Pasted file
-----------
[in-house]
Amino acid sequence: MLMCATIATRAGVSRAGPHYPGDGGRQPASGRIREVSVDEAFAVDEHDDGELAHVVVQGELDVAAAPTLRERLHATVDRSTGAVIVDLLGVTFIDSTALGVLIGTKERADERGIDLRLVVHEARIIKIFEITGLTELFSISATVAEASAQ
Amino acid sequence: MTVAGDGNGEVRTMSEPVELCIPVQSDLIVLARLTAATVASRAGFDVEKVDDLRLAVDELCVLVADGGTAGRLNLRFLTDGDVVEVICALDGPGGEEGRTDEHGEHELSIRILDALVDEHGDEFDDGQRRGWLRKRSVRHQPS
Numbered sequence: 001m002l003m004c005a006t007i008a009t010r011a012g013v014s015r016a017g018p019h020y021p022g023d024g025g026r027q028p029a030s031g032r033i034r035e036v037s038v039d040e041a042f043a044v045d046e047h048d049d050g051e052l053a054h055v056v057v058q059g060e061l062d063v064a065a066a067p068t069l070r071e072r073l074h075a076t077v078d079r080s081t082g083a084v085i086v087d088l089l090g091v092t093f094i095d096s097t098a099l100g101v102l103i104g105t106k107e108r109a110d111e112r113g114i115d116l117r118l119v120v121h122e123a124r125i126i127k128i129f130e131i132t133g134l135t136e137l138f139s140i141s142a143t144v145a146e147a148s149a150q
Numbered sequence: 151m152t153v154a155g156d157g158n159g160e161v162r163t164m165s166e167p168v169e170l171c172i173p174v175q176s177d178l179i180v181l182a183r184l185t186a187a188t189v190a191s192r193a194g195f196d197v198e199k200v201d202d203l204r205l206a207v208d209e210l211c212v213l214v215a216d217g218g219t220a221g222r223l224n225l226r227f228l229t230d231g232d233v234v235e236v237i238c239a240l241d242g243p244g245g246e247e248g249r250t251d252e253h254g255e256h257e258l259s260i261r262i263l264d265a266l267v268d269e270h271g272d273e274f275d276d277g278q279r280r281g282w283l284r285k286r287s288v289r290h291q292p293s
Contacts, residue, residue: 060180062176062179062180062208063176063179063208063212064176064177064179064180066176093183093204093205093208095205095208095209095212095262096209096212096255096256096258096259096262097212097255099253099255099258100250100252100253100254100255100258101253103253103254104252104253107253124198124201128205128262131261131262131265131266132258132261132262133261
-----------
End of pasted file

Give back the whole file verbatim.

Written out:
[in-house]
Amino acid sequence: MLMCATIATRAGVSRAGPHYPGDGGRQPASGRIREVSVDEAFAVDEHDDGELAHVVVQGELDVAAAPTLRERLHATVDRSTGAVIVDLLGVTFIDSTALGVLIGTKERADERGIDLRLVVHEARIIKIFEITGLTELFSISATVAEASAQ
Amino acid sequence: MTVAGDGNGEVRTMSEPVELCIPVQSDLIVLARLTAATVASRAGFDVEKVDDLRLAVDELCVLVADGGTAGRLNLRFLTDGDVVEVICALDGPGGEEGRTDEHGEHELSIRILDALVDEHGDEFDDGQRRGWLRKRSVRHQPS
Numbered sequence: 001m002l003m004c005a006t007i008a009t010r011a012g013v014s015r016a017g018p019h020y021p022g023d024g025g026r027q028p029a030s031g032r033i034r035e036v037s038v039d040e041a042f043a044v045d046e047h048d049d050g051e052l053a054h055v056v057v058q059g060e061l062d063v064a065a066a067p068t069l070r071e072r073l074h075a076t077v078d079r080s081t082g083a084v085i086v087d088l089l090g091v092t093f094i095d096s097t098a099l100g101v102l103i104g105t106k107e108r109a110d111e112r113g114i115d116l117r118l119v120v121h122e123a124r125i126i127k128i129f130e131i132t133g134l135t136e137l138f139s140i141s142a143t144v145a146e147a148s149a150q
Numbered sequence: 151m152t153v154a155g156d157g158n159g160e161v162r163t164m165s166e167p168v169e170l171c172i173p174v175q176s177d178l179i180v181l182a183r184l185t186a187a188t189v190a191s192r193a194g195f196d197v198e199k200v201d202d203l204r205l206a207v208d209e210l211c212v213l214v215a216d217g218g219t220a221g222r223l224n225l226r227f228l229t230d231g232d233v234v235e236v237i238c239a240l241d242g243p244g245g246e247e248g249r250t251d252e253h254g255e256h257e258l259s260i261r262i263l264d265a266l267v268d269e270h271g272d273e274f275d276d277g278q279r280r281g282w283l284r285k286r287s288v289r290h291q292p293s
Contacts, residue, residue: 060180062176062179062180062208063176063179063208063212064176064177064179064180066176093183093204093205093208095205095208095209095212095262096209096212096255096256096258096259096262097212097255099253099255099258100250100252100253100254100255100258101253103253103254104252104253107253124198124201128205128262131261131262131265131266132258132261132262133261